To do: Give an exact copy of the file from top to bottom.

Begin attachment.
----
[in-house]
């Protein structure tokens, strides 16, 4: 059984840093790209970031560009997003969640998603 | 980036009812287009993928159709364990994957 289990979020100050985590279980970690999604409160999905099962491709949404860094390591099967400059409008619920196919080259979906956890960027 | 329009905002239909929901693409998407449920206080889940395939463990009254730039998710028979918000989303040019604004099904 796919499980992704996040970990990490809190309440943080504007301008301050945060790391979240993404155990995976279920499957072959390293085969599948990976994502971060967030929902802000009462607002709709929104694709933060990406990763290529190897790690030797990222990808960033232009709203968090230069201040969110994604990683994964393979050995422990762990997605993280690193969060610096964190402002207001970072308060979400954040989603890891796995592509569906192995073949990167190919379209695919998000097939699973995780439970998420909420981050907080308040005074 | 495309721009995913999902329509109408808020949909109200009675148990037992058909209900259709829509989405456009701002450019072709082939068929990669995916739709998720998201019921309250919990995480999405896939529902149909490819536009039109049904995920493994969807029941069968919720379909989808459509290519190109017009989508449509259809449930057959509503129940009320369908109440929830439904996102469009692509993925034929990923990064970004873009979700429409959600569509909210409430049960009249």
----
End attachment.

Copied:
[in-house]
């Protein structure tokens, strides 16, 4: 059984840093790209970031560009997003969640998603 | 980036009812287009993928159709364990994957 289990979020100050985590279980970690999604409160999905099962491709949404860094390591099967400059409008619920196919080259979906956890960027 | 329009905002239909929901693409998407449920206080889940395939463990009254730039998710028979918000989303040019604004099904 796919499980992704996040970990990490809190309440943080504007301008301050945060790391979240993404155990995976279920499957072959390293085969599948990976994502971060967030929902802000009462607002709709929104694709933060990406990763290529190897790690030797990222990808960033232009709203968090230069201040969110994604990683994964393979050995422990762990997605993280690193969060610096964190402002207001970072308060979400954040989603890891796995592509569906192995073949990167190919379209695919998000097939699973995780439970998420909420981050907080308040005074 | 495309721009995913999902329509109408808020949909109200009675148990037992058909209900259709829509989405456009701002450019072709082939068929990669995916739709998720998201019921309250919990995480999405896939529902149909490819536009039109049904995920493994969807029941069968919720379909989808459509290519190109017009989508449509259809449930057959509503129940009320369908109440929830439904996102469009692509993925034929990923990064970004873009979700429409959600569509909210409430049960009249």